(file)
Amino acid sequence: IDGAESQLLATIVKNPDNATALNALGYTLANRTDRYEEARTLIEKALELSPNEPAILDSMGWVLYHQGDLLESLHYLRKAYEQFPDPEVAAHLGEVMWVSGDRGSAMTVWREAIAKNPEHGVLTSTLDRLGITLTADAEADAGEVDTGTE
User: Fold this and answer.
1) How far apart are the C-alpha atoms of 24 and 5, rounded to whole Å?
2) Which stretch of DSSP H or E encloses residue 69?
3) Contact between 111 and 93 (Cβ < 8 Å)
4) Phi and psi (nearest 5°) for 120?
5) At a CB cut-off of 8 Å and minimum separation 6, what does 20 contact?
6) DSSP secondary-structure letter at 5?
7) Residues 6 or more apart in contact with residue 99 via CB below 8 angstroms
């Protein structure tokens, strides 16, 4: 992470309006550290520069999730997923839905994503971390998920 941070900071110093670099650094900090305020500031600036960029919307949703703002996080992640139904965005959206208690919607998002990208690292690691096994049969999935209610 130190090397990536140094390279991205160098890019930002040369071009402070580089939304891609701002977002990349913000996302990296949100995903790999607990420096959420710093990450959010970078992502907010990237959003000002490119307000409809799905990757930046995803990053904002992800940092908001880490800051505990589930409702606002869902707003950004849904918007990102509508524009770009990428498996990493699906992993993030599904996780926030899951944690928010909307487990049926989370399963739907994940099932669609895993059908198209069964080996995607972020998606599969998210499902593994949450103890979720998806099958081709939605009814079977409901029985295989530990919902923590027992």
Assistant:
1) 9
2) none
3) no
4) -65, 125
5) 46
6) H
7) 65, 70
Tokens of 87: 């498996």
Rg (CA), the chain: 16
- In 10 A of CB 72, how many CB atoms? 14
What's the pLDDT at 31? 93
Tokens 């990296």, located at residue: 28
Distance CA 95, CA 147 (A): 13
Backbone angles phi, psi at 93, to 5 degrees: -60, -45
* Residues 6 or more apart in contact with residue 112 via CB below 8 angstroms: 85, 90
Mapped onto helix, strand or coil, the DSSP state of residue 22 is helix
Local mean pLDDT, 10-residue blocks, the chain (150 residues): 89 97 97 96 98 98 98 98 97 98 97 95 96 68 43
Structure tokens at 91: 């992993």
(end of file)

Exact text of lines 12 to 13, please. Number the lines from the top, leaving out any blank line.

1) 9
2) none